Autonomous schools and strategic pupil exclusion
This paper studies whether pupil performance gains achieved by autonomous schools – specifically academy schools in England – can be attributed to the strategic exclusion of poorly performing pupils. In England there have been two phases of academy school introduction, the first in the 2000s being a school improvement programme for schools serving disadvantaged pupil populations, the second a mass academisation programme in the 2010s which by contrast enabled better performing schools to become academies. Overall, on average across both programmes, exclusion rates are higher in academy schools. When the two programmes are considered separately, the earlier programme featured a much higher increase in the incidence of permanent exclusion. However, a number of simulated counterfactual experiments based on the statistical estimates show that rather than being used as a strategic means of manipulation to boost measured school performance, the higher rate of exclusion is instead a feature of the rigorously enforced discipline procedures that the pre-2010 academies adopted.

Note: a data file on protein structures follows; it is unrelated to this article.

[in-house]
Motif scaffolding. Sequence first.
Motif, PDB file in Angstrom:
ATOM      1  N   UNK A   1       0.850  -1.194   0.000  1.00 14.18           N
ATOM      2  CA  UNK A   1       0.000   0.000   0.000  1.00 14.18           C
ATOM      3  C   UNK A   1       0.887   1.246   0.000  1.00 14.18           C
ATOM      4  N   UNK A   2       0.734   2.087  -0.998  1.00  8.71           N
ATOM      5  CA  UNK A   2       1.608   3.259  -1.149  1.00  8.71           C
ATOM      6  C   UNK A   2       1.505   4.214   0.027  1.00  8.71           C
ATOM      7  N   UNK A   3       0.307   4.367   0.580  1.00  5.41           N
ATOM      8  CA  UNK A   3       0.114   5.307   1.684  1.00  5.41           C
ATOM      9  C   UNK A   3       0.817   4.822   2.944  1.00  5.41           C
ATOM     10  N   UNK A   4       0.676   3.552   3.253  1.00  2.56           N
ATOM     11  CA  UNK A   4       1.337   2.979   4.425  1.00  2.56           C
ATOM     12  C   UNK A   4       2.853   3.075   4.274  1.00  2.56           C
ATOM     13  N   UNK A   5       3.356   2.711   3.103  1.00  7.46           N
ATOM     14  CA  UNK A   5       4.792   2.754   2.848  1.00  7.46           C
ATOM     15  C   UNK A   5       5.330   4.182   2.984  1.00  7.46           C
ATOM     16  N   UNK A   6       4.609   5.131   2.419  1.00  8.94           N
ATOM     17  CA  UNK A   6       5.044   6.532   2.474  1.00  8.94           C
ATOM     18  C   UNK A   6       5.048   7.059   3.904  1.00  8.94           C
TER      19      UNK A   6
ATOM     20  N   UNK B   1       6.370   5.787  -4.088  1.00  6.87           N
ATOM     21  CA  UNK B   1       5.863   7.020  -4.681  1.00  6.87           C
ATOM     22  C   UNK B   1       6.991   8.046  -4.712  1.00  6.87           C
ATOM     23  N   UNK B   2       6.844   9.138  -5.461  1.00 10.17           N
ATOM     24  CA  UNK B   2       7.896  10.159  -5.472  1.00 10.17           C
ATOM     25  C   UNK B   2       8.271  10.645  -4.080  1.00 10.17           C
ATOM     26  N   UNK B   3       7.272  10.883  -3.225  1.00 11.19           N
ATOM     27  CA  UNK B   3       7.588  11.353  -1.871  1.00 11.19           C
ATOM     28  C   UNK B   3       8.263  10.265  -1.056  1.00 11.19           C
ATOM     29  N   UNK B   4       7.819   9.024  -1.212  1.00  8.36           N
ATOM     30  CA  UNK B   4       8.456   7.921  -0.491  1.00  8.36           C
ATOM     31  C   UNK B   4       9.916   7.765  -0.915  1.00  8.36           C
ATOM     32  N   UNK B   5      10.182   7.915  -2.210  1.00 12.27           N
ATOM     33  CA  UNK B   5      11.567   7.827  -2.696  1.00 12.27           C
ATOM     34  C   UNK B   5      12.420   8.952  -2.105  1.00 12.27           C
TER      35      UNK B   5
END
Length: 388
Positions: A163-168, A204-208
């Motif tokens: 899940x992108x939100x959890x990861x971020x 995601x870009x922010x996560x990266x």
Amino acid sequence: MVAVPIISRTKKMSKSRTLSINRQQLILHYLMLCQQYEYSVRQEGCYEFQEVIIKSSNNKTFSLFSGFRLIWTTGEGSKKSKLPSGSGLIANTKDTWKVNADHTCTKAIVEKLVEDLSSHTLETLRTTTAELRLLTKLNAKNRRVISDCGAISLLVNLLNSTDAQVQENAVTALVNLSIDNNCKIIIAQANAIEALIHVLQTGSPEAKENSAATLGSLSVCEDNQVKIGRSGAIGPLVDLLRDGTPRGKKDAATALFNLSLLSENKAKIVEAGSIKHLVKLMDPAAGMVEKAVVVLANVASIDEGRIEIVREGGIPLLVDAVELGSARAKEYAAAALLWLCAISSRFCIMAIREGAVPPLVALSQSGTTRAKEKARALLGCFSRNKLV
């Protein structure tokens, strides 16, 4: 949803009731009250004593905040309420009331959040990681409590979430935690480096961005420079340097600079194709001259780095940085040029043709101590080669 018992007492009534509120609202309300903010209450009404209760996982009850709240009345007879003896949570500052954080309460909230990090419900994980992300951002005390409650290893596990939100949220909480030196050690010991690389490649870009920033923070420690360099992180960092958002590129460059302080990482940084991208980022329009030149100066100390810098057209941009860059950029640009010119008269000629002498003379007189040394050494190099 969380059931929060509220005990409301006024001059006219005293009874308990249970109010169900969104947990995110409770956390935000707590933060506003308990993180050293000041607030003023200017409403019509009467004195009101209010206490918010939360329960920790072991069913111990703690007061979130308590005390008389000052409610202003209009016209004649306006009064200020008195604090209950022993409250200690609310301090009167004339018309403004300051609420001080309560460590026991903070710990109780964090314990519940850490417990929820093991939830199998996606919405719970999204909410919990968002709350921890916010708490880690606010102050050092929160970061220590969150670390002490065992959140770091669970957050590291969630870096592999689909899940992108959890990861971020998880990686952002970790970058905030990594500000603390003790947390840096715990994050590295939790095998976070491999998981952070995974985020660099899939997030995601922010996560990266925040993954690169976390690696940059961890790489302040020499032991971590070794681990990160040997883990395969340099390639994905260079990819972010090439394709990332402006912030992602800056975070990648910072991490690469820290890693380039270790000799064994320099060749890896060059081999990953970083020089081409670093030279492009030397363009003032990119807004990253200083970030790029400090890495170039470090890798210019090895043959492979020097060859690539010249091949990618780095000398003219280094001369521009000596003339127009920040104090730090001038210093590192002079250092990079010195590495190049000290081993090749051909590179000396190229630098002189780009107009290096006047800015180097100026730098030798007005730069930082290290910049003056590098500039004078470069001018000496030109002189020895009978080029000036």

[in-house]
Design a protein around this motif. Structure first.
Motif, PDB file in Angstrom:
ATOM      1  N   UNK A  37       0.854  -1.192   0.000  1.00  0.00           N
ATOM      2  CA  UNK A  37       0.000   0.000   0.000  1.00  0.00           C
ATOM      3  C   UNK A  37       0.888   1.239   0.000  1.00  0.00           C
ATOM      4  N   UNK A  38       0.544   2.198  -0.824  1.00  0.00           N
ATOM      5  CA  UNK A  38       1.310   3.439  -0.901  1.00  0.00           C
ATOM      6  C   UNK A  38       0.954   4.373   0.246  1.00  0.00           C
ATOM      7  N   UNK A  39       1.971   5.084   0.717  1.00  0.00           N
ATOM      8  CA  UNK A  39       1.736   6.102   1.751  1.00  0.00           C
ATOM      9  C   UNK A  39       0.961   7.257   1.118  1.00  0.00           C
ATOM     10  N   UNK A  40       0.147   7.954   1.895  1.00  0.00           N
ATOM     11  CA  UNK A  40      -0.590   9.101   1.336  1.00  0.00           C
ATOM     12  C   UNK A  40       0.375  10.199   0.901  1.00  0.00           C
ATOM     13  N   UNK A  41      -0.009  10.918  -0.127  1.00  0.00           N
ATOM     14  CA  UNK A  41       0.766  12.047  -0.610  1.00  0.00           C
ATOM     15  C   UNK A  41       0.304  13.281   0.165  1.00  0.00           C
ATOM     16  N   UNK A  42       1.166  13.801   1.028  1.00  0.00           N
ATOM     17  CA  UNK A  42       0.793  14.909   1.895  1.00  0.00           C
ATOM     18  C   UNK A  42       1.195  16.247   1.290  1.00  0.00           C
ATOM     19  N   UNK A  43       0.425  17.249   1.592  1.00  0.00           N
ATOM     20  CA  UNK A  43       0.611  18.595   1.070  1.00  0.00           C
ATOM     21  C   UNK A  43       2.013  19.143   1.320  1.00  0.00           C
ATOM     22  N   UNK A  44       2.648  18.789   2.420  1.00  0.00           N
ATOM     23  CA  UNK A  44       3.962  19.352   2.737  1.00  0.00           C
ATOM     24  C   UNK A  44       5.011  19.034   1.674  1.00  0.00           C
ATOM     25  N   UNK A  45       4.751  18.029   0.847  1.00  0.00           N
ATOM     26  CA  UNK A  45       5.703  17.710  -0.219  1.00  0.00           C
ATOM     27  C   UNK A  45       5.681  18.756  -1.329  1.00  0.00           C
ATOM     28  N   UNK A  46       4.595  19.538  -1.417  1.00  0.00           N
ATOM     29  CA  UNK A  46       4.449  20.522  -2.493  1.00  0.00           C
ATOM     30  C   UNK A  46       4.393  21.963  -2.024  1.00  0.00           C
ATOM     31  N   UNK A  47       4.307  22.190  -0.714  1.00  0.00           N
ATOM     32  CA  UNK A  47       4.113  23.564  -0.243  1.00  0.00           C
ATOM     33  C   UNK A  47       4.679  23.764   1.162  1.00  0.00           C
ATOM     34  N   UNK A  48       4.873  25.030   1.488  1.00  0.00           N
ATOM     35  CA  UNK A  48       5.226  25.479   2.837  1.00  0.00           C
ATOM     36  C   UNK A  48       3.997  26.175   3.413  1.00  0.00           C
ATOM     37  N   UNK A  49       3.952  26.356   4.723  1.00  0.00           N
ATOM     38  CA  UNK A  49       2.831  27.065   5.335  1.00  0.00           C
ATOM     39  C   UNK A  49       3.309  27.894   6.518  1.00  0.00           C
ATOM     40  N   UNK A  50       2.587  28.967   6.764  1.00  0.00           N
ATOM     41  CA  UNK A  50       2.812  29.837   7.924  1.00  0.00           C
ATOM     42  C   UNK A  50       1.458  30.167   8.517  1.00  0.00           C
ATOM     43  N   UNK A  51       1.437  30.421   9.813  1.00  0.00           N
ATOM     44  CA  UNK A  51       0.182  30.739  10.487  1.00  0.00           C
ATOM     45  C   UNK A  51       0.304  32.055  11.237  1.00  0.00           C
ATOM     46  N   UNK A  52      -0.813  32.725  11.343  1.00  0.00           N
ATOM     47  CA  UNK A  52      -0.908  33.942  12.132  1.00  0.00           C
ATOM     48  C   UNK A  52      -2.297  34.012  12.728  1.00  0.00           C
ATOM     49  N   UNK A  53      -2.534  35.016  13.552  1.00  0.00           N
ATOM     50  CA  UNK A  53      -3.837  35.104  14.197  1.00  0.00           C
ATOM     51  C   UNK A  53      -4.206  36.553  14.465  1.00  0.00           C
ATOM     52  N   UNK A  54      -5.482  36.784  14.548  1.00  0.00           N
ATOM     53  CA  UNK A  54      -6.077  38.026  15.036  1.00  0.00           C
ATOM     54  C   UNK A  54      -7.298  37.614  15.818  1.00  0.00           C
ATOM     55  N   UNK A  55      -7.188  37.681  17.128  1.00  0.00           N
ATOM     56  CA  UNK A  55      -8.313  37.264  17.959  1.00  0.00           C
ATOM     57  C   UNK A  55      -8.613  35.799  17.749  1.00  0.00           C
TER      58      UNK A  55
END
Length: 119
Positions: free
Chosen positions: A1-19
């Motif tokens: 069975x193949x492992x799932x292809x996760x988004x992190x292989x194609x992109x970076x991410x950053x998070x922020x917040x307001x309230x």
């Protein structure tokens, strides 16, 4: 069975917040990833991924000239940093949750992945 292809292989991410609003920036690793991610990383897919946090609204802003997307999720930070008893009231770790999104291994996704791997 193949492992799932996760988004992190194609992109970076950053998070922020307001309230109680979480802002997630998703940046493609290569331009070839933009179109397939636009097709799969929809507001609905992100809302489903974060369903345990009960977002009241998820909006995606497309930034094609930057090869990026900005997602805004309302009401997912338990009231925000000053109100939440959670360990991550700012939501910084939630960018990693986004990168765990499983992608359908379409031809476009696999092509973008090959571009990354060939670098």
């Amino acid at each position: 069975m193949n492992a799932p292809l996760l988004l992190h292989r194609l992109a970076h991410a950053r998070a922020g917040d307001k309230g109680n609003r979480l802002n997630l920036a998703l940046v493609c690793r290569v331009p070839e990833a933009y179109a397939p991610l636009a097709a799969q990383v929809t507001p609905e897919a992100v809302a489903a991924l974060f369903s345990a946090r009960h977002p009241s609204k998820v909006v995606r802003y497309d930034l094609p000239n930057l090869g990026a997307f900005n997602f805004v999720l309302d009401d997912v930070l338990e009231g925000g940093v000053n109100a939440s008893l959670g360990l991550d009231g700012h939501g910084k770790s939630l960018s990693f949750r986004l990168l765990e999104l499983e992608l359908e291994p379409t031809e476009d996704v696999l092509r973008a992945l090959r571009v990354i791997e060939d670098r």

25 January 2018 Paper Number CEPDP1527
This CEP discussion paper is published under the centre's Education and skills programme.
This publication comes under the following theme: School performance: Institutional environment